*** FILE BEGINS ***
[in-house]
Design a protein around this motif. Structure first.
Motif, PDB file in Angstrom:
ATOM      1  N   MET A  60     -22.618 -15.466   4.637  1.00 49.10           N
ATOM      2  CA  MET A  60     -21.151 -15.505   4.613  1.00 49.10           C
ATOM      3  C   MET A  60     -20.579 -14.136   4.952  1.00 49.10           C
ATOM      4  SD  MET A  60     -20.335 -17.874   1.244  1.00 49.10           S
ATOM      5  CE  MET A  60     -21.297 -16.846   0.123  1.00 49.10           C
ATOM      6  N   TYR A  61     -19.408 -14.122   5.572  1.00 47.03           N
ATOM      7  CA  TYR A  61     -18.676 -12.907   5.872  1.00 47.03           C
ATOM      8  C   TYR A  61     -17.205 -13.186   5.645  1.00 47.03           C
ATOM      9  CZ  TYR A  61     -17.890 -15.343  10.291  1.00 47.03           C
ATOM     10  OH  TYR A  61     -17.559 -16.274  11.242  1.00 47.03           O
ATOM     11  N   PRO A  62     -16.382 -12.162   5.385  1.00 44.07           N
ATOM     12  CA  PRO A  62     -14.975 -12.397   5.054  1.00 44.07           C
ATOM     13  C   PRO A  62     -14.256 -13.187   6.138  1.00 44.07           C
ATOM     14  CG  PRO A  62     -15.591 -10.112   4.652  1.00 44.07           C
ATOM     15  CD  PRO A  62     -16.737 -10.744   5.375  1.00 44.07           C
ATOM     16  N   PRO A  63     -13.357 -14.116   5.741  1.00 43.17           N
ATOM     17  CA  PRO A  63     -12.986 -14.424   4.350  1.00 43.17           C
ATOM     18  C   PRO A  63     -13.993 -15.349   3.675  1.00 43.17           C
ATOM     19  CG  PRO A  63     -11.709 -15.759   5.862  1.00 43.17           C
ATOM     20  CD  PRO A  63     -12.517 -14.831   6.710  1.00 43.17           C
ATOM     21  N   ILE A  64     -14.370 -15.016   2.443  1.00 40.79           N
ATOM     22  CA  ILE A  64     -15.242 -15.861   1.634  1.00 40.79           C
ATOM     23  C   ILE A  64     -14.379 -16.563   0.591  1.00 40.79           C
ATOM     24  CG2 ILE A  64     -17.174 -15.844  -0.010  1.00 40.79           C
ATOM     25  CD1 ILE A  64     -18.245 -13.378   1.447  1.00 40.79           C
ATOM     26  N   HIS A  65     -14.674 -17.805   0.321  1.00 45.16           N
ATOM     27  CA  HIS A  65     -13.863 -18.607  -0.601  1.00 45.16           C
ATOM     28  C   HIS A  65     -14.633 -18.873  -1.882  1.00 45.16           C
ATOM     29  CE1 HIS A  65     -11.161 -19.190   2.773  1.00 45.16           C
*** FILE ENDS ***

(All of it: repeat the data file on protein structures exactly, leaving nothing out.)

[in-house]
Design a protein around this motif. Structure first.
Motif, PDB file in Angstrom:
ATOM      1  N   MET A  60     -22.618 -15.466   4.637  1.00 49.10           N
ATOM      2  CA  MET A  60     -21.151 -15.505   4.613  1.00 49.10           C
ATOM      3  C   MET A  60     -20.579 -14.136   4.952  1.00 49.10           C
ATOM      4  SD  MET A  60     -20.335 -17.874   1.244  1.00 49.10           S
ATOM      5  CE  MET A  60     -21.297 -16.846   0.123  1.00 49.10           C
ATOM      6  N   TYR A  61     -19.408 -14.122   5.572  1.00 47.03           N
ATOM      7  CA  TYR A  61     -18.676 -12.907   5.872  1.00 47.03           C
ATOM      8  C   TYR A  61     -17.205 -13.186   5.645  1.00 47.03           C
ATOM      9  CZ  TYR A  61     -17.890 -15.343  10.291  1.00 47.03           C
ATOM     10  OH  TYR A  61     -17.559 -16.274  11.242  1.00 47.03           O
ATOM     11  N   PRO A  62     -16.382 -12.162   5.385  1.00 44.07           N
ATOM     12  CA  PRO A  62     -14.975 -12.397   5.054  1.00 44.07           C
ATOM     13  C   PRO A  62     -14.256 -13.187   6.138  1.00 44.07           C
ATOM     14  CG  PRO A  62     -15.591 -10.112   4.652  1.00 44.07           C
ATOM     15  CD  PRO A  62     -16.737 -10.744   5.375  1.00 44.07           C
ATOM     16  N   PRO A  63     -13.357 -14.116   5.741  1.00 43.17           N
ATOM     17  CA  PRO A  63     -12.986 -14.424   4.350  1.00 43.17           C
ATOM     18  C   PRO A  63     -13.993 -15.349   3.675  1.00 43.17           C
ATOM     19  CG  PRO A  63     -11.709 -15.759   5.862  1.00 43.17           C
ATOM     20  CD  PRO A  63     -12.517 -14.831   6.710  1.00 43.17           C
ATOM     21  N   ILE A  64     -14.370 -15.016   2.443  1.00 40.79           N
ATOM     22  CA  ILE A  64     -15.242 -15.861   1.634  1.00 40.79           C
ATOM     23  C   ILE A  64     -14.379 -16.563   0.591  1.00 40.79           C
ATOM     24  CG2 ILE A  64     -17.174 -15.844  -0.010  1.00 40.79           C
ATOM     25  CD1 ILE A  64     -18.245 -13.378   1.447  1.00 40.79           C
ATOM     26  N   HIS A  65     -14.674 -17.805   0.321  1.00 45.16           N
ATOM     27  CA  HIS A  65     -13.863 -18.607  -0.601  1.00 45.16           C
ATOM     28  C   HIS A  65     -14.633 -18.873  -1.882  1.00 45.16           C
ATOM     29  CE1 HIS A  65     -11.161 -19.190   2.773  1.00 45.16           C